This article is courtesy of Engineering.com:
Putting leverage to work on the job means tapping into the knowledge, skills, an capacity of others. As an engineer, you get the concept of leverage: a measure of the force amplification achieved by using a tool, mechanical device or machine system. Your employees or project team members aren’t ‘tools’, but the concept of leverage holds true in the context of amplifying force to achieve something.
Applied to your role as a leader, leverage is about taking the force of your idea or objective, selecting the right tool for the job, then achieving the desired end result. The right tools are the experts you select to help you bring your idea to fruition. You may be truly a “renaissance” expert, someone skilled at all aspects of engineering, project delivery, finance, and stakeholder management. But you cannot scale yourself to take on increasingly complex projects, programs, and clients. At a certain point, you have to leverage others to help you.
As a leader you leverage others to achieve more. The science of leverage is as simple as understanding the basic science of Newton’s Laws. You have an objective, you tell people what to do and what needs to be done, they do it, and you then achieve your intended outcome. Simple.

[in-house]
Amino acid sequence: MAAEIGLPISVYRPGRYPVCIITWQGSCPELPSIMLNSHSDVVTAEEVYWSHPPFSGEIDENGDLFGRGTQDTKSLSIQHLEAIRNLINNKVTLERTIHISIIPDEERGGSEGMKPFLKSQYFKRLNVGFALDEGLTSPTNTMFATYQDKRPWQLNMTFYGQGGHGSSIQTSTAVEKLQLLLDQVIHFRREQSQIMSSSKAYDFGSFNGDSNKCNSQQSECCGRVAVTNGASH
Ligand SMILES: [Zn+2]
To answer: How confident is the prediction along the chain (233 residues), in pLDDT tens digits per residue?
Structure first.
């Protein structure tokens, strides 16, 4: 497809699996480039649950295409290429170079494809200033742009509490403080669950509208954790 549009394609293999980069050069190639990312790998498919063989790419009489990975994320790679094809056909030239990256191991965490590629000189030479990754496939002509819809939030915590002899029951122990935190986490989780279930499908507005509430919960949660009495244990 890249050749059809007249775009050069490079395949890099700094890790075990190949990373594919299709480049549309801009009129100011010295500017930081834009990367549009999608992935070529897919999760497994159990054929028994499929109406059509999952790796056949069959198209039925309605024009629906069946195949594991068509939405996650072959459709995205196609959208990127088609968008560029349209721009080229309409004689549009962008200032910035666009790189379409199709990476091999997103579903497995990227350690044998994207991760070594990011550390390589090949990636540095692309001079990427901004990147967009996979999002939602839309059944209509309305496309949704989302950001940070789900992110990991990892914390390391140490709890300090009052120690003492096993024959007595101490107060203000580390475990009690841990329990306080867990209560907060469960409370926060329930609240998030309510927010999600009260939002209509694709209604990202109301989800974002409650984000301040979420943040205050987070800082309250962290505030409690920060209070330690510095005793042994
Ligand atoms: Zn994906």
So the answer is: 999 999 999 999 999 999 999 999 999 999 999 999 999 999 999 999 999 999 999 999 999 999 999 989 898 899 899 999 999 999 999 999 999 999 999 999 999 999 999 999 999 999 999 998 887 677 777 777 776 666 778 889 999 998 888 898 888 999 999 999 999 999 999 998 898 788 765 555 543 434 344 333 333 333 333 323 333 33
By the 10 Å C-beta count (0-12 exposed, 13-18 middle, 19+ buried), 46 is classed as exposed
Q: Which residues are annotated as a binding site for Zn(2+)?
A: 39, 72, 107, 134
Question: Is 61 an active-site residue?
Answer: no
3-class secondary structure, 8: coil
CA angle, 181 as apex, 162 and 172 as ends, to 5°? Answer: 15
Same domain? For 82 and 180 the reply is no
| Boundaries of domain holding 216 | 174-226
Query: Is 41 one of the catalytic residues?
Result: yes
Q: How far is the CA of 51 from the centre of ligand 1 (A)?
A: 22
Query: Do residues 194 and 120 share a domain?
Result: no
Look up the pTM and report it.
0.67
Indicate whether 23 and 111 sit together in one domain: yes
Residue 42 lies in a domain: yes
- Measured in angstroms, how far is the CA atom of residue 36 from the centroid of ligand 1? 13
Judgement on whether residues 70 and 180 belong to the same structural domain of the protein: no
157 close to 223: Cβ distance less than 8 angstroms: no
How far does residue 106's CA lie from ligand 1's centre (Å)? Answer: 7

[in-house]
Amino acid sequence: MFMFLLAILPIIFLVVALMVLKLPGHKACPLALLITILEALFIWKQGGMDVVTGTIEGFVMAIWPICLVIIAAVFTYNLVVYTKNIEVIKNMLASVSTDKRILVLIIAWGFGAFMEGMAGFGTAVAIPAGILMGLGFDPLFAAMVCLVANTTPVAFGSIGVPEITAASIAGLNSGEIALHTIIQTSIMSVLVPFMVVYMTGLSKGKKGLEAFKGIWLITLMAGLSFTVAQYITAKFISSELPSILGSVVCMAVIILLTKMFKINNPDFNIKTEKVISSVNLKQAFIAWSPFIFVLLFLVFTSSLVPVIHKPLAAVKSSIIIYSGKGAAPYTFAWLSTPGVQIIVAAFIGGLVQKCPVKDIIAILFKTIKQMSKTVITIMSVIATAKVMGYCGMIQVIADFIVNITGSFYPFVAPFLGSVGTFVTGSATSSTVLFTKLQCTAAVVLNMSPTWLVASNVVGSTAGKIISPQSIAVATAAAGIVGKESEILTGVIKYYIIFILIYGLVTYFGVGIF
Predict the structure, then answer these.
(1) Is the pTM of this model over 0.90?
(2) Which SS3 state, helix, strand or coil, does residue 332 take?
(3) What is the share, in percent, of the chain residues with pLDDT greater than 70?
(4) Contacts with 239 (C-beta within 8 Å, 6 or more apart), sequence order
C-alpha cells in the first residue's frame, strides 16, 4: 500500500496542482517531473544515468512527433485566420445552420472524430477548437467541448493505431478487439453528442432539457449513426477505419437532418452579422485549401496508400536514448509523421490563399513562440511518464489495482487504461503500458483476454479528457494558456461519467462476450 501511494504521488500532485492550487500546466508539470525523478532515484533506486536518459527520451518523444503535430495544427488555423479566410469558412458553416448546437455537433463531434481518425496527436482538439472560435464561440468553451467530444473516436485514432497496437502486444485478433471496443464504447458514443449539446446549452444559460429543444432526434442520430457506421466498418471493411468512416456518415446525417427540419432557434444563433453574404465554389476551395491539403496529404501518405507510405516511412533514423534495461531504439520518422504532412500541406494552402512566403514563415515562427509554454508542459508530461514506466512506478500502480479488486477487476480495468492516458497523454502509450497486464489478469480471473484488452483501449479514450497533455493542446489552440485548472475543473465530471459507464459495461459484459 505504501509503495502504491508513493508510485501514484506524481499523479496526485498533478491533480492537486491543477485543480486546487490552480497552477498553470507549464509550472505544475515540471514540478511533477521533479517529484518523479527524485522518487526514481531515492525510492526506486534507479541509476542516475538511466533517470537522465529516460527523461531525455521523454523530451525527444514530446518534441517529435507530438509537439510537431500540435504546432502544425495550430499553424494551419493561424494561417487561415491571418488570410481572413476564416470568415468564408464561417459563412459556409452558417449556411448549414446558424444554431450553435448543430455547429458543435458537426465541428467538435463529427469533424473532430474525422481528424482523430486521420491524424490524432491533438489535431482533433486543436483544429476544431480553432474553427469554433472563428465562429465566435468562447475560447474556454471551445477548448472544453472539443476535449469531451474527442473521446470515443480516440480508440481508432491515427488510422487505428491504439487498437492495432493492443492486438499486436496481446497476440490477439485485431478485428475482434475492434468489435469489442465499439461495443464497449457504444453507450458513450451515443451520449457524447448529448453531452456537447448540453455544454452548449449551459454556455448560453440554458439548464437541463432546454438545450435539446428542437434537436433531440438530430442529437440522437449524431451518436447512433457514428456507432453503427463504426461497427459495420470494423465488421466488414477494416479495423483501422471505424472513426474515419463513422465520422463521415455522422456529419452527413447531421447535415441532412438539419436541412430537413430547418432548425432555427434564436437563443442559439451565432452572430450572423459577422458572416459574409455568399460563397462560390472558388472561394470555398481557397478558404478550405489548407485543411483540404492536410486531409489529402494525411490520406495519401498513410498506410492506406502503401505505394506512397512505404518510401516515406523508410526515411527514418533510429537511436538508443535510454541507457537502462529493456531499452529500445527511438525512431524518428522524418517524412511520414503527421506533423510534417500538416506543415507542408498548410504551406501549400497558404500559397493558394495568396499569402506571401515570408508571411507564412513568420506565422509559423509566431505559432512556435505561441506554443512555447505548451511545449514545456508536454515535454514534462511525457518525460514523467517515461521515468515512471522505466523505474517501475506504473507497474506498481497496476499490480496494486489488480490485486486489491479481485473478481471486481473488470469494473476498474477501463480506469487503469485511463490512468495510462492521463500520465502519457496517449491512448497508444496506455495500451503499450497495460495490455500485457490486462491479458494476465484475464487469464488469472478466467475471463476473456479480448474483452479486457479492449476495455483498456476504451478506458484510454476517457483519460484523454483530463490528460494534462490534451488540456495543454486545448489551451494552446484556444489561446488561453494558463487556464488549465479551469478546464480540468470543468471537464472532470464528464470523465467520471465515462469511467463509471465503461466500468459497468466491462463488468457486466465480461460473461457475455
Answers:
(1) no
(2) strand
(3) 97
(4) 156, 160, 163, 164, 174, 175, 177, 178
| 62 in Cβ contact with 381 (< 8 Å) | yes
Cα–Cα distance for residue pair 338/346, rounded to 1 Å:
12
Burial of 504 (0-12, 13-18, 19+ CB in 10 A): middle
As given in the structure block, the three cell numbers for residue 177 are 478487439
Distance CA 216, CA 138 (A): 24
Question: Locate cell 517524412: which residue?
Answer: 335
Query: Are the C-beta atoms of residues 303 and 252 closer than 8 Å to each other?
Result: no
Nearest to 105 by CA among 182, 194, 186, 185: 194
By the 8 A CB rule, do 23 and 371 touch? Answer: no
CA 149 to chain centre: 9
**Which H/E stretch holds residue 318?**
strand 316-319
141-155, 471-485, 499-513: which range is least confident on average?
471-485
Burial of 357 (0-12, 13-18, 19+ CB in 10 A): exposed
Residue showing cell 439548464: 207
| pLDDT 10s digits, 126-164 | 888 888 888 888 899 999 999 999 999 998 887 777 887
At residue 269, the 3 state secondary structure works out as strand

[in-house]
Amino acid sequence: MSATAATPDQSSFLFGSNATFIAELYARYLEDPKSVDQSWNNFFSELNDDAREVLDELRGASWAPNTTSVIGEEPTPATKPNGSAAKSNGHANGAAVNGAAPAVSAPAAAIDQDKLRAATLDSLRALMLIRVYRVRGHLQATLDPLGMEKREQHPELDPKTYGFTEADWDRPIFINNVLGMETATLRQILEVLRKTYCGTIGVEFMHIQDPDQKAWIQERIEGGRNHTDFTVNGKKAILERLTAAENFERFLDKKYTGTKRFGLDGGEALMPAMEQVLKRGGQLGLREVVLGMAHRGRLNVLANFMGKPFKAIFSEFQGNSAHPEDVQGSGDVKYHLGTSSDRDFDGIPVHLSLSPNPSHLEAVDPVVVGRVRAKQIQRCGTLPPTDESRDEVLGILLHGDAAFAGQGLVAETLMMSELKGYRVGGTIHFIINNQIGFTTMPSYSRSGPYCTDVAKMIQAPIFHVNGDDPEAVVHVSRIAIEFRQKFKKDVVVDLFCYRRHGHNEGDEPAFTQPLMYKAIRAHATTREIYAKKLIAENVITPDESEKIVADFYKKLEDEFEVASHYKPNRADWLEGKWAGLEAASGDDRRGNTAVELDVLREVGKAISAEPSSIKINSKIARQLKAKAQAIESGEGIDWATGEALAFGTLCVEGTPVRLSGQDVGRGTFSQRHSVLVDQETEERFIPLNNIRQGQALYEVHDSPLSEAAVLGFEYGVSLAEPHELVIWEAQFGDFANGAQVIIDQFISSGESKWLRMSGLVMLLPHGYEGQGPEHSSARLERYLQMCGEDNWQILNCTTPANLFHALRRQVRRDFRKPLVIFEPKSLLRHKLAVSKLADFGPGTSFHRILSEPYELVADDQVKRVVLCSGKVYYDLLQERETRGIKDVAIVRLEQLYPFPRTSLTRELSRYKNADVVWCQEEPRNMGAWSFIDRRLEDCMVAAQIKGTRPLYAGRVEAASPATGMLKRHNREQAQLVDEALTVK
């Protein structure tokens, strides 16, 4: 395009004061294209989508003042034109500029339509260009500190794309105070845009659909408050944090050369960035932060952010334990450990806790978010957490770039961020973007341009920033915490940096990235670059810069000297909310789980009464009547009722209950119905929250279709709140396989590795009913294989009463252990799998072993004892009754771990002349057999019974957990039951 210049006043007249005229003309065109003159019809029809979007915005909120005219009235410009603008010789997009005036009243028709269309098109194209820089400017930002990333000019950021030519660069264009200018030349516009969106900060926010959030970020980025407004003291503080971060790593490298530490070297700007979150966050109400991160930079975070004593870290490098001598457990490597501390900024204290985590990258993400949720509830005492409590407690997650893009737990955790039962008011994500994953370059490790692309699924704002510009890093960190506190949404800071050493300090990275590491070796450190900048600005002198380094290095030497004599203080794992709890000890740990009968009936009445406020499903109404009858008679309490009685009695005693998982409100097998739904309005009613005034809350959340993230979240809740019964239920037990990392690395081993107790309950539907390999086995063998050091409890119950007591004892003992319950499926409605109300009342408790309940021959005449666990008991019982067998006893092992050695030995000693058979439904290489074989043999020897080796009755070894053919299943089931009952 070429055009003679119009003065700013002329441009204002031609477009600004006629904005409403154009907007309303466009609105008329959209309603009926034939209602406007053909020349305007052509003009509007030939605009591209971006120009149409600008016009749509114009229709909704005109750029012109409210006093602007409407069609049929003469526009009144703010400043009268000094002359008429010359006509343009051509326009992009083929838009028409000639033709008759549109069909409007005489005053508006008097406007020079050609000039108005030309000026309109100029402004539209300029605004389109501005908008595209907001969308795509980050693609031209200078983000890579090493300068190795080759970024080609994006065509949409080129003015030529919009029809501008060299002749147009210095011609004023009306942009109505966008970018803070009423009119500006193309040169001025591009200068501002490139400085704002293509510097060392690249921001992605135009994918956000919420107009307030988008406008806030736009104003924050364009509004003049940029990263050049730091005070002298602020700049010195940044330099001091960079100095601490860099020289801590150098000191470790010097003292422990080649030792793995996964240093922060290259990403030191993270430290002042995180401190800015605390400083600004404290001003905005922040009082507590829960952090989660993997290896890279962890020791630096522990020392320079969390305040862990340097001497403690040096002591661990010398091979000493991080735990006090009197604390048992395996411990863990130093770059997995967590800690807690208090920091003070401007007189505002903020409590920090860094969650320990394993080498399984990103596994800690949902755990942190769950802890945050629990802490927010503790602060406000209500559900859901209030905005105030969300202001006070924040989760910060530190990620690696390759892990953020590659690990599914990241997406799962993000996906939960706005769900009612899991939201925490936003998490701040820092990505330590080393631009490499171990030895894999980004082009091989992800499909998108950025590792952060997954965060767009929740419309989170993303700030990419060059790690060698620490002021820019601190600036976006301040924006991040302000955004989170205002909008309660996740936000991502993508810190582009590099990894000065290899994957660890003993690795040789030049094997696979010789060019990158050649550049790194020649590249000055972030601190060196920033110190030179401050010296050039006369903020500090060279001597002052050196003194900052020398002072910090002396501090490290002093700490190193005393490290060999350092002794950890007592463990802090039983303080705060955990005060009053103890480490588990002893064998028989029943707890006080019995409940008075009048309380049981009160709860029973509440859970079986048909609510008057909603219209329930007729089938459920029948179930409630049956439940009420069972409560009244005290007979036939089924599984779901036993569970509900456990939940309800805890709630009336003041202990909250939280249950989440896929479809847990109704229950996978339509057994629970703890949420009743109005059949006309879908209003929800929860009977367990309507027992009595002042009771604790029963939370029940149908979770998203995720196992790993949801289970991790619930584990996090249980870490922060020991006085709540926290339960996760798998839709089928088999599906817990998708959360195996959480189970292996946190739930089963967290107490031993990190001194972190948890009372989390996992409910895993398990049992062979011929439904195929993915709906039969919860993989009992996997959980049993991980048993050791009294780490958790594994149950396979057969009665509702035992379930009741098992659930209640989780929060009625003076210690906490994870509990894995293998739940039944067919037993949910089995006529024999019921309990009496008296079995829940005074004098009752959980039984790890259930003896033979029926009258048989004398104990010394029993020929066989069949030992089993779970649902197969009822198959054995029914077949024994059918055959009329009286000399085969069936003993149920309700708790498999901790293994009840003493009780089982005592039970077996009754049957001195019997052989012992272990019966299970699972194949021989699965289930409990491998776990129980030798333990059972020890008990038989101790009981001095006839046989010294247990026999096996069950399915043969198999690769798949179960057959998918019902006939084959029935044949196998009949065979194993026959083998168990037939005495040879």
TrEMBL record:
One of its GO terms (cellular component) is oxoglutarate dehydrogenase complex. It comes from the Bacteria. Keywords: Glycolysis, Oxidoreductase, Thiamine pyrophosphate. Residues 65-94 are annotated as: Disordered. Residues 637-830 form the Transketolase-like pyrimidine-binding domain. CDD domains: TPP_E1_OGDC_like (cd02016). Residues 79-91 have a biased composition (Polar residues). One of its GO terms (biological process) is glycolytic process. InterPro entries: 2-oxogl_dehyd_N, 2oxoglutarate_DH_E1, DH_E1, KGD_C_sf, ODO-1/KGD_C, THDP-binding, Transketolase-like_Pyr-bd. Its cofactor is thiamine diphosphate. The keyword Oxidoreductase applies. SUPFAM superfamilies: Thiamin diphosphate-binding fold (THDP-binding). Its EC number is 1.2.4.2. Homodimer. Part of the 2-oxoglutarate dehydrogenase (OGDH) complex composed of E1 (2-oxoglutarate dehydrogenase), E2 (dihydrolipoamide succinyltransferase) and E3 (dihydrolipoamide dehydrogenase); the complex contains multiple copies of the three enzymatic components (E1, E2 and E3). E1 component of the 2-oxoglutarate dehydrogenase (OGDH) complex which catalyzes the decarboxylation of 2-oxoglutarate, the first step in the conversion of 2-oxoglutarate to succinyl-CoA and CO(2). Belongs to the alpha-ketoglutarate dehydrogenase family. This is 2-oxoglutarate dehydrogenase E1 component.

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It’s the art of leverage that’s no so easy to employ. Start with:
1. Vision. This is the force that you’ll apply to align others to get the things that need to be done, done. Without a clear, concise, and easily transmitted vision you and everyone following you will be all thrust, no vector.
2. Know Your People. Dictators leverage people by coercion and the boot. Leaders leverage people by knowing them: their skills, personalities, goals, aspirations, and weaknesses. The art of leverage entails putting people to work on the tasks that optimize their passion and skill.
3. Apply Force Through Momentum. Having a clear vision and knowing your people are important, but they don’t amount to anything if there isn’t forward motion. Take action. This is the force that will put the machine to work bringing your vision into reality.
As a leader, getting things done solo is interesting. It’s getting things done by leveraging the capabilities and capacities of others that’s compelling.
“Man can either buy his wisdom or borrow it. By buying it, he pays full price in personal time and treasure. By borrowing it, he capitalizes on the lessons learned from the failures of others.” Benjamin Franklin
Christian Knutson, P.E., PMP is a leader, civil engineer, and author. He’s an accomplished professional specializing in A/E/C work internationally and author of The Engineer Leader, a recognized blog on leadership and life success for engineers and professionals.
This article was originally published on Engineering.com and is reprinted in its entirety with permission. For more stories like this please visit Engineering.com.